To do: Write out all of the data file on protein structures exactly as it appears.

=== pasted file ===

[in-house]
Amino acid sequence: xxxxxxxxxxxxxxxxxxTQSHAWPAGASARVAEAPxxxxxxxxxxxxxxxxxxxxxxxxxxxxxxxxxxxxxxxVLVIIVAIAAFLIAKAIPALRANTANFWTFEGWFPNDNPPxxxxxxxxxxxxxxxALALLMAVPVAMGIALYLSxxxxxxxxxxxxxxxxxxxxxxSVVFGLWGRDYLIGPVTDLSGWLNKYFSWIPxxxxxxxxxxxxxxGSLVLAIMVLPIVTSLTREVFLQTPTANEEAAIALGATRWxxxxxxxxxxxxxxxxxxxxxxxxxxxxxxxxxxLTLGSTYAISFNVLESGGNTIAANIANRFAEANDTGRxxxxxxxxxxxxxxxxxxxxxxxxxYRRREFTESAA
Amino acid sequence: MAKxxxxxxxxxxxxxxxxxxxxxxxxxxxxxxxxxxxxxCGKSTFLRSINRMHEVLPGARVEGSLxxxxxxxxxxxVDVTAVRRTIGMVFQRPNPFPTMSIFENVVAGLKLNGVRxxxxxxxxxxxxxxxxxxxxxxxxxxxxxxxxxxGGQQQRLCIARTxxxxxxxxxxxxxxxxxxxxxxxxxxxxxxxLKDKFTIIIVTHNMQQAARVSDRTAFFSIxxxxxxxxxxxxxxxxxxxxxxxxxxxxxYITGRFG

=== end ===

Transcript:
[in-house]
Amino acid sequence: xxxxxxxxxxxxxxxxxxTQSHAWPAGASARVAEAPxxxxxxxxxxxxxxxxxxxxxxxxxxxxxxxxxxxxxxxVLVIIVAIAAFLIAKAIPALRANTANFWTFEGWFPNDNPPxxxxxxxxxxxxxxxALALLMAVPVAMGIALYLSxxxxxxxxxxxxxxxxxxxxxxSVVFGLWGRDYLIGPVTDLSGWLNKYFSWIPxxxxxxxxxxxxxxGSLVLAIMVLPIVTSLTREVFLQTPTANEEAAIALGATRWxxxxxxxxxxxxxxxxxxxxxxxxxxxxxxxxxxLTLGSTYAISFNVLESGGNTIAANIANRFAEANDTGRxxxxxxxxxxxxxxxxxxxxxxxxxYRRREFTESAA
Amino acid sequence: MAKxxxxxxxxxxxxxxxxxxxxxxxxxxxxxxxxxxxxxCGKSTFLRSINRMHEVLPGARVEGSLxxxxxxxxxxxVDVTAVRRTIGMVFQRPNPFPTMSIFENVVAGLKLNGVRxxxxxxxxxxxxxxxxxxxxxxxxxxxxxxxxxxGGQQQRLCIARTxxxxxxxxxxxxxxxxxxxxxxxxxxxxxxxLKDKFTIIIVTHNMQQAARVSDRTAFFSIxxxxxxxxxxxxxxxxxxxxxxxxxxxxxYITGRFG